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  19.  43
    Donald L. M. Baxter (2011). Hume, Distinctions of Reason, and Differential Resemblance. Philosophy and Phenomenological Research 82 (1):156-182.
    Hume discusses the distinction of reason to explain how we distinguish things inseparable, and so identical, e.g., the color and figure of a white globe. He says we note the respect in which the globe is similar to a white cube and dissimilar to a black sphere, and the respect in which it is dissimilar to the first and similar to the second. Unfortunately, Hume takes these differing respects of resemblance to be identical with the white globe itself. Contradiction results, (...)
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  20.  51
    Donald L. M. Baxter (2009). Précis of Hume's Difficulty: Time and Identity in the Treatise. Philosophical Studies 146 (3):407 - 411.
    Donald L. M. Baxter\textquoteright{}s meticulous attention to textual detail yields a highly original interpretation of some of the most neglected or maligned parts of Hume\textquoteright{}s Treatise. The book will be useful to those interested in the metaphysics of identity and time, and the epistemology of metaphysics, and will be indispensable to Hume scholars, who have lacked an in-depth treatment of these crucial and intricate issues.
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  21.  31
    Donald L. M. Baxter (1998). Hume's Labyrinth Concerning the Idea of Personal Identity. Hume Studies 24 (2):203-233.
    In the Treatise Hume argues that the self is really many related perceptions, which we represent to ourselves as being one and the same thing. In the Appendix he finds this account inconsistent. Why? The problem arises from Hume's theory that representation requires resemblance. Only a many can represent a many recognized as such, and only a one can represent something as one. So for the many distinct perceptions (recognized as such) to be represented as one and the same, the (...)
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  22.  30
    Donald L. M. Baxter (2000). A Humean Temporal Logic. The Proceedings of the Twentieth World Congress of Philosophy 2000 (Analytic Philosophy and Logic):209-216.
    Hume argues that the idea of duration is just the idea of the manner in which several things in succession are arrayed. In other words, the idea of duration is the idea of successiveness. He concludes that all and only successions have duration. Hume also argues that there is such a thing as a steadfast object—something which co-exists with many things in succession, but which is not itself a succession. Thus, it seems that Hume has committed himself to a contradiction: (...)
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  23.  23
    Donald L. M. Baxter (1988). Hume on Infinite Divisibility. History of Philosophy Quarterly 5 (2):133-140.
    Hume seems to argue unconvincingly against the infinite divisibility of finite regions of space. I show that his conclusion is entailed by respectable metaphysical principles which he held. One set of principles entails that there are partless (unextended) things. Another set entails that these cannot be ordered so that an infinite number of them compose a finite interval.
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  24.  37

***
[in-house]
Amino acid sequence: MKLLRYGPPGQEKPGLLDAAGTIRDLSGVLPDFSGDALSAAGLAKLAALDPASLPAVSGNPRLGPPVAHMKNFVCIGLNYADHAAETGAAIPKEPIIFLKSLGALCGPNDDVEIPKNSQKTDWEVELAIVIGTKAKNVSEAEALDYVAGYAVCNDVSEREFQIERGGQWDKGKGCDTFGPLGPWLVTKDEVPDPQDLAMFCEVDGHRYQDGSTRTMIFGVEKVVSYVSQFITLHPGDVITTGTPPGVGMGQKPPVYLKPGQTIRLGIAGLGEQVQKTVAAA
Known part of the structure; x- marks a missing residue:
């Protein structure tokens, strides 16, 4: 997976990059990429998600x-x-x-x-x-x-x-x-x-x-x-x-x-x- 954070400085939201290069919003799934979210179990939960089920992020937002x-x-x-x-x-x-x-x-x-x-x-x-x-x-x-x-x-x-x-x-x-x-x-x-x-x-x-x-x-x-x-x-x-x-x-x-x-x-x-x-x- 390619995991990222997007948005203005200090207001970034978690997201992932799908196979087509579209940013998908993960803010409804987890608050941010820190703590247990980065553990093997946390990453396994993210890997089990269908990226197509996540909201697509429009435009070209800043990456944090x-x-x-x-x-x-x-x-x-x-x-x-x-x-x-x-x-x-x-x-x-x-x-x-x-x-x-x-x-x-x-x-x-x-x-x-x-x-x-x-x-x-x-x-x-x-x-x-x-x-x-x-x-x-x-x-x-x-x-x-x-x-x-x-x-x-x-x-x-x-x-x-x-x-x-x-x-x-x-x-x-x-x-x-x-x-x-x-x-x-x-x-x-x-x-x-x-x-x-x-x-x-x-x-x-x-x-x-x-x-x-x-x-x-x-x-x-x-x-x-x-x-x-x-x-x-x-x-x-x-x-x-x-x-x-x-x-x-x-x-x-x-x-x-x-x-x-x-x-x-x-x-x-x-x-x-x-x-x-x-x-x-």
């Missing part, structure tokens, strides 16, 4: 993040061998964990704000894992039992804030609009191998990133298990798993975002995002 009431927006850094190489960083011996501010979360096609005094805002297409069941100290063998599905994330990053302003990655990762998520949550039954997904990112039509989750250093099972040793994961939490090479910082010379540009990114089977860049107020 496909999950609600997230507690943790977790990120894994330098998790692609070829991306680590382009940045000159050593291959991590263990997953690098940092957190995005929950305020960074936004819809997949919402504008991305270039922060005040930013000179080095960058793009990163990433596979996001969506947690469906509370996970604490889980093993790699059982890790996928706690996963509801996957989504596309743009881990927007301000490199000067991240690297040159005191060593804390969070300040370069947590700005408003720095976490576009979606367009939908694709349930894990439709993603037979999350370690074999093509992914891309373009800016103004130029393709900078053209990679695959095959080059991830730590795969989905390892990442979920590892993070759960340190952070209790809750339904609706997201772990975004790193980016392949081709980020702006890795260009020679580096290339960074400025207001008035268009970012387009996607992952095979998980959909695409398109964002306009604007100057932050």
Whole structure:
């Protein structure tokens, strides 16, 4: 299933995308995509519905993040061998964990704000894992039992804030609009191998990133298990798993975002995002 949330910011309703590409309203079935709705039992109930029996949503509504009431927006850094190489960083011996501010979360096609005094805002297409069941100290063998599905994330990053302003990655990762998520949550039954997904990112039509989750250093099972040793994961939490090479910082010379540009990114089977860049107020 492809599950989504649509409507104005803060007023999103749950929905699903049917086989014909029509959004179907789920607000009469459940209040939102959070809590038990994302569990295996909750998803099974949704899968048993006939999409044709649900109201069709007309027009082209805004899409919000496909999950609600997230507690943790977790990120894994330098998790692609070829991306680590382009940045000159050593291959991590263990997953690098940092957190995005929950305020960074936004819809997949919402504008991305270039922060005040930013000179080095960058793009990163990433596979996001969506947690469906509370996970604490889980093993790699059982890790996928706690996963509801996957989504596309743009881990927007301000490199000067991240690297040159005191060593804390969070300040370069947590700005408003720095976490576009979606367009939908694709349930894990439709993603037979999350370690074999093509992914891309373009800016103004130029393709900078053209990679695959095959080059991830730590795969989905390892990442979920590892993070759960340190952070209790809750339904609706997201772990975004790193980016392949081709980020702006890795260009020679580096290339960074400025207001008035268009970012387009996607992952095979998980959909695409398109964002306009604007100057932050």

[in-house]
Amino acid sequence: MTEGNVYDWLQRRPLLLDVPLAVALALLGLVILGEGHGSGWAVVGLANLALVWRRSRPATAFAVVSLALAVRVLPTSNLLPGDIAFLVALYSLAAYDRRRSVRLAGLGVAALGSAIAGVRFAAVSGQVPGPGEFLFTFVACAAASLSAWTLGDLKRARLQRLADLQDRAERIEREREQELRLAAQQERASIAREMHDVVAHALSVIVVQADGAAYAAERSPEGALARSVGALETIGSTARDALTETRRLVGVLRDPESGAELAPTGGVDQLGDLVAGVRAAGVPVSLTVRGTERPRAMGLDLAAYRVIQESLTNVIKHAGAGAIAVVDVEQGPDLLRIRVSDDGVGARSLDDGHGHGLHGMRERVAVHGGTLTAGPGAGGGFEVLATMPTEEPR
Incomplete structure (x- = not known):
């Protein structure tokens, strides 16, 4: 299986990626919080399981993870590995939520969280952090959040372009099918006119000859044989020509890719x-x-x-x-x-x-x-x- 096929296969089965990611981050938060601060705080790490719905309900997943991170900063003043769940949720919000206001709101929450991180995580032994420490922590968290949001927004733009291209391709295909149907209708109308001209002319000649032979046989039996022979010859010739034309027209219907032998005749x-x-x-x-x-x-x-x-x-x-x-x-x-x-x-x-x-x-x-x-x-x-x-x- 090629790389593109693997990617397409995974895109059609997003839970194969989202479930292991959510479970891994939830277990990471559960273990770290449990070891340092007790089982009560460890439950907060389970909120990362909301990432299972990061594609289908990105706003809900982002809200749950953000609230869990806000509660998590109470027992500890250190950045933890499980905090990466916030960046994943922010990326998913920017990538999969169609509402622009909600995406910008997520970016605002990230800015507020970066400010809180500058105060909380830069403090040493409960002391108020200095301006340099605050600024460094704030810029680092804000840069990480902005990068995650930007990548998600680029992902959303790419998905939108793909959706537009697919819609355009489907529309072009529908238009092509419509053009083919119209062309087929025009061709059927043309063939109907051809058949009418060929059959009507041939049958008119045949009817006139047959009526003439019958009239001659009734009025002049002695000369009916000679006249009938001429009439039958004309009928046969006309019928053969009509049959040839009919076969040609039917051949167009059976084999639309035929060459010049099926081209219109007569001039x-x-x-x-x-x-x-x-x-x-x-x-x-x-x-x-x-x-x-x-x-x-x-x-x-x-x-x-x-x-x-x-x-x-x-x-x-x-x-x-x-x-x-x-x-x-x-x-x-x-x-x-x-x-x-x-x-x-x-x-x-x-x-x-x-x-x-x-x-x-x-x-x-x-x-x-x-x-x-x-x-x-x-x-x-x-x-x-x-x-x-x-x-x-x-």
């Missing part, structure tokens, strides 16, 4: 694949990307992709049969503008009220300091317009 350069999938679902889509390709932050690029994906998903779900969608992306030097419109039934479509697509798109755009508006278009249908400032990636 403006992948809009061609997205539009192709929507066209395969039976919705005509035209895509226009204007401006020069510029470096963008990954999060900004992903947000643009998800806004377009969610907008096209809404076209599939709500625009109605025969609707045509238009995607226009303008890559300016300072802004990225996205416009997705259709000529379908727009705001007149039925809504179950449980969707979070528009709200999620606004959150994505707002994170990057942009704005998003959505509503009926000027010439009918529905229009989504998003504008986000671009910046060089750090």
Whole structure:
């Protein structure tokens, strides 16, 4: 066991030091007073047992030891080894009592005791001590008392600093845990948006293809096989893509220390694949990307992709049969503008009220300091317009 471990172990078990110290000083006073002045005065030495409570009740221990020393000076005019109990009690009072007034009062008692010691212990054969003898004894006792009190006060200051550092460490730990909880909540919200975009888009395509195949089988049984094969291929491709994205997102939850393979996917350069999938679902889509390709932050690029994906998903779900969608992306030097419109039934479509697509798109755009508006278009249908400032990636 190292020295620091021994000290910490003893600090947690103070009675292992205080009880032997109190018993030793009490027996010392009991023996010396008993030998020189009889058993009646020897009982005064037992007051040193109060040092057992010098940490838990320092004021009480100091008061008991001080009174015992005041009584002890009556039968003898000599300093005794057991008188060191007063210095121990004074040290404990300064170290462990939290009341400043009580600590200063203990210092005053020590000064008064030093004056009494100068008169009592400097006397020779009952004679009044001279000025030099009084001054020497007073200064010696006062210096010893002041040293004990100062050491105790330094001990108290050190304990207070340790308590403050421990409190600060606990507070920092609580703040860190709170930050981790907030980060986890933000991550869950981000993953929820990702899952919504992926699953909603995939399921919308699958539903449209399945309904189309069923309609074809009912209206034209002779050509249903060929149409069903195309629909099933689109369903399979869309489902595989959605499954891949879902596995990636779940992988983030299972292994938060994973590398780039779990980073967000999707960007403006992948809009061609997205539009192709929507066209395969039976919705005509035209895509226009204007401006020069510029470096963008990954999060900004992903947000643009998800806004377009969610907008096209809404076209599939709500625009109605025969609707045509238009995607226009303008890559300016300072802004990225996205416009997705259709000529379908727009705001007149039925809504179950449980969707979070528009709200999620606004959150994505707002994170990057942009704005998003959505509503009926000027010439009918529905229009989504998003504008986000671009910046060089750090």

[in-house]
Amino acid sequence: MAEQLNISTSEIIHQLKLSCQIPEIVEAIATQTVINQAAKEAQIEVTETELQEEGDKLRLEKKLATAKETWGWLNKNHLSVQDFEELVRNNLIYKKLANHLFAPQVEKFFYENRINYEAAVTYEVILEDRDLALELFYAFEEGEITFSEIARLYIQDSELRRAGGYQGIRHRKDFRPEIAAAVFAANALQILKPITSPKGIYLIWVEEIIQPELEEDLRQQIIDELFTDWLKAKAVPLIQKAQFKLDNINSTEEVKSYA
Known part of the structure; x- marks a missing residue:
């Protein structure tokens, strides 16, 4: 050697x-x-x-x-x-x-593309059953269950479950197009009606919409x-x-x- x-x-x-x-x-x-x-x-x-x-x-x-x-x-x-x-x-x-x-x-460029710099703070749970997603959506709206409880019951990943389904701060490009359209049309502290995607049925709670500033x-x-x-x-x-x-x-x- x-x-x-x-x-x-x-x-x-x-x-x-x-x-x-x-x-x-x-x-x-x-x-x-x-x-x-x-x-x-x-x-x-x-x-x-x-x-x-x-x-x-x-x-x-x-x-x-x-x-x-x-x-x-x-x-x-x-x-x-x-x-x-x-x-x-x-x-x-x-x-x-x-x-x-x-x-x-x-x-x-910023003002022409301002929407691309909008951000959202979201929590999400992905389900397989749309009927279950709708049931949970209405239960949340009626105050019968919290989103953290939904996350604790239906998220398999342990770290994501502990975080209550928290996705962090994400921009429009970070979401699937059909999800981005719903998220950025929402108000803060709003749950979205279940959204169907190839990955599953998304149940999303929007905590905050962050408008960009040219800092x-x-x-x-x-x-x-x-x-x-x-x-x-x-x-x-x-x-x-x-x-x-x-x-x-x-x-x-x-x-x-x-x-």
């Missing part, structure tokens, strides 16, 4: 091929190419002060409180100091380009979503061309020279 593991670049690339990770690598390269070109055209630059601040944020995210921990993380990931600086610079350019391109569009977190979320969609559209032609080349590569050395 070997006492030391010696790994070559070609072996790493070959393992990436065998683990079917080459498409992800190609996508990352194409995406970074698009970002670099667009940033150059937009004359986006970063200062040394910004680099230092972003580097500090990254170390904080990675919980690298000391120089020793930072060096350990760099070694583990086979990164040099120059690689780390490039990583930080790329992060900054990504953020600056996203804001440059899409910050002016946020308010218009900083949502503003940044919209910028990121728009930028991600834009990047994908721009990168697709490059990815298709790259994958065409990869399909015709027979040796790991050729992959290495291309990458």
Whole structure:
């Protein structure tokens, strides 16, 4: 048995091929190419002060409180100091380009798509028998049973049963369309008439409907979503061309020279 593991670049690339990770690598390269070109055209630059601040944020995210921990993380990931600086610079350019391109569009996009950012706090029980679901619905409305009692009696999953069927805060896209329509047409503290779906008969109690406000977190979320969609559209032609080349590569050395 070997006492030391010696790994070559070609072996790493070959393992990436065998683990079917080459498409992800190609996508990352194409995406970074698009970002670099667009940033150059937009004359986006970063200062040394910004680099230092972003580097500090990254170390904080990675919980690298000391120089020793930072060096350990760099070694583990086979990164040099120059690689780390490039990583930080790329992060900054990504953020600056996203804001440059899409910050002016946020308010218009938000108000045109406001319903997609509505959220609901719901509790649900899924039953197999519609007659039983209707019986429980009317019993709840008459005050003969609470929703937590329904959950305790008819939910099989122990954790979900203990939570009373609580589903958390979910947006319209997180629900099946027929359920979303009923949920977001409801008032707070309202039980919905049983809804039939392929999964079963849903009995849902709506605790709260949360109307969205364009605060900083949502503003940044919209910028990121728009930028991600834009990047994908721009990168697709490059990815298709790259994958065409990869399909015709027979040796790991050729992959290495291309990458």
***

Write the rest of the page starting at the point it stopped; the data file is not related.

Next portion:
Donald L. M. Baxter (1997). Abstraction, Inseparability, and Identity. Philosophy and Phenomenological Research 57 (2):307-330.
    Berkeley and Hume object to Locke's account of abstraction. Abstraction is separating in the mind what cannot be separated in reality. Their objection is that if a is inseparable in reality from b, then the idea of a is inseparable from the idea of b. The former inseparability is the reason for the latter. In most interpretations, however, commentators leave the former unexplained in explaining the latter. This article assumes that Berkeley and Hume present a unified front against Locke. Hume (...)
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  25.  13
    Kate Abramson, Donald Ainslie, Donald L. M. Baxter, Tom L. Beauchamp, Martin Bell, Richard Bett, John Bricke, Philip Bricker, Justin Broackes & Stephen Buckle (2003). Hume Studies Referees, 2002–2003. Hume Studies 29 (2):403-404.
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  26.  41
    Donald L. M. Baxter (2001). Loose Identity and Becoming Something Else. Noûs 35 (4):592–601.
    Armstrong has loose identity be an equivalence relation, yet in cases of something becoming something else, loose identity is not transitive. My alternate account has an attribution of loose identity be really two: a true attribution of an underlying relation (perhaps not transitive) and a false attribution--a Humean feigning-of strict identity. The feigning may become less appropriate as the underlying relation grows more distant. What makes it appropriate initially is that the underlying relation supports a predictable change in some collective. (...)
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  27.  34
    Donald L. M. Baxter (2005). Altruism, Grief, and Identity. Philosophy and Phenomenological Research 70 (2):371–383.
    The divide between oneself and others has made altruism seem irrational to some thinkers, as Sidgwick points out. I use characterizations of grief, especially by St. Augustine, to question the divide, and use a composition-as-identity metaphysics of parts and wholes to make literal sense of those characterizations.